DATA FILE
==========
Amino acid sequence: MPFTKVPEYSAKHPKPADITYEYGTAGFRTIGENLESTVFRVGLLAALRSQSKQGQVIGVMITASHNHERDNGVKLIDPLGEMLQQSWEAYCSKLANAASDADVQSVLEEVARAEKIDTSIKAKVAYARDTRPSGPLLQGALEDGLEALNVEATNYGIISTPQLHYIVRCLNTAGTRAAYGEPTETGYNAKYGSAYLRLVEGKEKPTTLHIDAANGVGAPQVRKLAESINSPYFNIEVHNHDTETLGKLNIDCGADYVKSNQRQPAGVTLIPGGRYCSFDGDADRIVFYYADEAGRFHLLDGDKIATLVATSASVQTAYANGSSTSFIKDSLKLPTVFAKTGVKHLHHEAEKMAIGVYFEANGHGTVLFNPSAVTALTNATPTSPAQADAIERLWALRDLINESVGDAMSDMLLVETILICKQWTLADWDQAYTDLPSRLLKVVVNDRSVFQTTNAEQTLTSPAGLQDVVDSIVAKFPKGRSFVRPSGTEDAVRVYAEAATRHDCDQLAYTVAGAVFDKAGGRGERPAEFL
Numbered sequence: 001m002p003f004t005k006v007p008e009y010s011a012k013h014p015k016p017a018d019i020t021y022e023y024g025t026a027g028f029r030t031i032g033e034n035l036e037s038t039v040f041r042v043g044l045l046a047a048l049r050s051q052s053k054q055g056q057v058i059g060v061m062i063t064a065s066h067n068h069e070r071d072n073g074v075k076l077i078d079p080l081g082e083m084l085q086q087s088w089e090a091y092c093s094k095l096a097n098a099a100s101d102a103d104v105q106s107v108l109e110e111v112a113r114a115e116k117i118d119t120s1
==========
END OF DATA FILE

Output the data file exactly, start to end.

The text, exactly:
Amino acid sequence: MPFTKVPEYSAKHPKPADITYEYGTAGFRTIGENLESTVFRVGLLAALRSQSKQGQVIGVMITASHNHERDNGVKLIDPLGEMLQQSWEAYCSKLANAASDADVQSVLEEVARAEKIDTSIKAKVAYARDTRPSGPLLQGALEDGLEALNVEATNYGIISTPQLHYIVRCLNTAGTRAAYGEPTETGYNAKYGSAYLRLVEGKEKPTTLHIDAANGVGAPQVRKLAESINSPYFNIEVHNHDTETLGKLNIDCGADYVKSNQRQPAGVTLIPGGRYCSFDGDADRIVFYYADEAGRFHLLDGDKIATLVATSASVQTAYANGSSTSFIKDSLKLPTVFAKTGVKHLHHEAEKMAIGVYFEANGHGTVLFNPSAVTALTNATPTSPAQADAIERLWALRDLINESVGDAMSDMLLVETILICKQWTLADWDQAYTDLPSRLLKVVVNDRSVFQTTNAEQTLTSPAGLQDVVDSIVAKFPKGRSFVRPSGTEDAVRVYAEAATRHDCDQLAYTVAGAVFDKAGGRGERPAEFL
Numbered sequence: 001m002p003f004t005k006v007p008e009y010s011a012k013h014p015k016p017a018d019i020t021y022e023y024g025t026a027g028f029r030t031i032g033e034n035l036e037s038t039v040f041r042v043g044l045l046a047a048l049r050s051q052s053k054q055g056q057v058i059g060v061m062i063t064a065s066h067n068h069e070r071d072n073g074v075k076l077i078d079p080l081g082e083m084l085q086q087s088w089e090a091y092c093s094k095l096a097n098a099a100s101d102a103d104v105q106s107v108l109e110e111v112a113r114a115e116k117i118d119t120s1